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Friday, June 7, 2013

This and That

No, I'm not delivering a lesson on overused words as the title of this post might imply. It's just an indication of scattered subject matter.

My manuscript for "The Janus Rule" is up to 100 pages and almost 20,000 words. An important connection is the conspiracy case has just been revealed, and the killer/stalker has resorted to extreme measures. Good progress, although Microsoft provided an obstacle in its inimitable way yesterday. I typed the following line of dialog, contained in quotes: "Ahh, Denton's old alma mater." After that, I started to supply a description of the speaker's reaction. When I typed, outside of quotes, She appeared to . . . all three words came out with a red underscore, signifying they were misspelled. Apparently, Microsoft Word decided based on the words "alma mater" that I wished to proceed in Spanish. It took a while to search through the Help function as well as some other resources to find out how to (a) make it stop doing that, and (b) make not do that ever again. I found I had to select the entire document and then change the language back to English. Then I had to go into the Options settings and turn off the feature that automatically detects a change of language based on what is typed. It seems the more I work with Word, the more automatic features I find I must turn off because they just cause problems.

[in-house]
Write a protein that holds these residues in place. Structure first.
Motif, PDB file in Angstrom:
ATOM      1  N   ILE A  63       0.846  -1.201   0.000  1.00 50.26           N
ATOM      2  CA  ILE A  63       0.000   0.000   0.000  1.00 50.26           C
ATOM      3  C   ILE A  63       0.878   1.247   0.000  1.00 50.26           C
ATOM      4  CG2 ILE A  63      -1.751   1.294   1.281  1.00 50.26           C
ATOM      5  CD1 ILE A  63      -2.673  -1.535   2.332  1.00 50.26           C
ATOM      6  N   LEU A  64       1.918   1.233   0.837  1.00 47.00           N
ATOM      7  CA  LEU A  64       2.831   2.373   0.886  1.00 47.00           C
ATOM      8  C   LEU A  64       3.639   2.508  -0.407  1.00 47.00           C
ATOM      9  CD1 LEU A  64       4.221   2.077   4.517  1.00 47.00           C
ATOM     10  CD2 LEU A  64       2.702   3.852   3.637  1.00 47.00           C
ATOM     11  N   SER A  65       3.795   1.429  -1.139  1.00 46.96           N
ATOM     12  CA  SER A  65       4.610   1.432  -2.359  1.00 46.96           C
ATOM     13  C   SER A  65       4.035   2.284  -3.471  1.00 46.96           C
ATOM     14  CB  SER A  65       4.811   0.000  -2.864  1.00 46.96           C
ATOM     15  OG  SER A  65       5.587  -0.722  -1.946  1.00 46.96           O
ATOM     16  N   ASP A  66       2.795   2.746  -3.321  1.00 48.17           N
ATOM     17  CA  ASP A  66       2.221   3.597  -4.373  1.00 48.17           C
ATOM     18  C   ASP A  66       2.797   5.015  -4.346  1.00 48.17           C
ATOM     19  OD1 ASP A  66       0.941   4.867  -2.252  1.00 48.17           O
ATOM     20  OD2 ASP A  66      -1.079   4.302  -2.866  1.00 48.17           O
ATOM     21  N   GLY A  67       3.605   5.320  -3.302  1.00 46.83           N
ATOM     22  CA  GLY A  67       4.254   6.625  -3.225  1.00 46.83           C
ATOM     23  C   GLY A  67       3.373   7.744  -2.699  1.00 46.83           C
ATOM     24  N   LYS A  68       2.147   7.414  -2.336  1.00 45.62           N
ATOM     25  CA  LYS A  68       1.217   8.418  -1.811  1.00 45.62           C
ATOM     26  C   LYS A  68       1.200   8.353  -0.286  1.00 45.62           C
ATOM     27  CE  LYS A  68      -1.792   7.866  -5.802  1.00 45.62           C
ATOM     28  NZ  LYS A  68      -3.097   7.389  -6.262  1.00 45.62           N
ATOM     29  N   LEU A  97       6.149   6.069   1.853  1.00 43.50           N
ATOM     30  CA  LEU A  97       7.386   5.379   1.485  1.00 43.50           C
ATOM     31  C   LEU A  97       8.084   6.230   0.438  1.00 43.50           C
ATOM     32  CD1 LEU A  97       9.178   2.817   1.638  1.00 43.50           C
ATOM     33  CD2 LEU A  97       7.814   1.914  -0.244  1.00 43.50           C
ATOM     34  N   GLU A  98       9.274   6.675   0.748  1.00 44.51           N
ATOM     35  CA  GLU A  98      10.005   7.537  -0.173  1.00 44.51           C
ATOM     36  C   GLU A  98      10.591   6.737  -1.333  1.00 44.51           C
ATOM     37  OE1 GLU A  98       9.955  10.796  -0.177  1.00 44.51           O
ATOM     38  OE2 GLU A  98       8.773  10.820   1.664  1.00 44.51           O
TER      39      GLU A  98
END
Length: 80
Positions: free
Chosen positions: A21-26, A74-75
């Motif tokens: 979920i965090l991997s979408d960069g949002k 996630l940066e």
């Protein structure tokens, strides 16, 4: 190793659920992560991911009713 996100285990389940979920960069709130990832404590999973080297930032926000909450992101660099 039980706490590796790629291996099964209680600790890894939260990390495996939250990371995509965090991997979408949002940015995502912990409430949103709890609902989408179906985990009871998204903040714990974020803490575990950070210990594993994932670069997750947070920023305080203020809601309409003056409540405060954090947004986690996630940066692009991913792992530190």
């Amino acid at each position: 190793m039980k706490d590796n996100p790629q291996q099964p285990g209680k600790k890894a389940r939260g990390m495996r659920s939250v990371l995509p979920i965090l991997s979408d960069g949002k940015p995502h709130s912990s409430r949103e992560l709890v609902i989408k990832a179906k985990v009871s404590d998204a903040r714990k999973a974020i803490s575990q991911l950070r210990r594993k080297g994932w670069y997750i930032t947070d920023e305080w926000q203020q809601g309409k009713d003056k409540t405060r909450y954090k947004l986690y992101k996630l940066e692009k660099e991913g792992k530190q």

Naturally, I'm already thinking about what I'll write after "Janus" is completed. I have ideas for both a third Windsong Lake book as well as a revamp of an older manuscript that will re-situate it in the not-too-far future. It's fun thinking up features of the future. In some cases, I'm merely extrapolating on technology and social behaviors I see every day. Occasionally, a news story about something just announced or projected gets my attention and provides another idea. For the Windsong Lake story, I have in mind some compelling scenes and a good handle on the situation of the mystery at hand.

I guess I'll have to decide which one I want to work on once I reach that point. Perhaps more inspirations and ideas will come along in the meantime and tip the scales of indecision.

1 comment:

  1. Hi,
    When I get a book "done" and it's at the editing and re-editing and re-editing point (and proofing), that's when I start the next novel. It helps to have something else to do between the editing and proofing challenge!
    Some people love editing and proofing, but I'm not one of them. I find it frustrating, so it's nice to have something fresh to work on.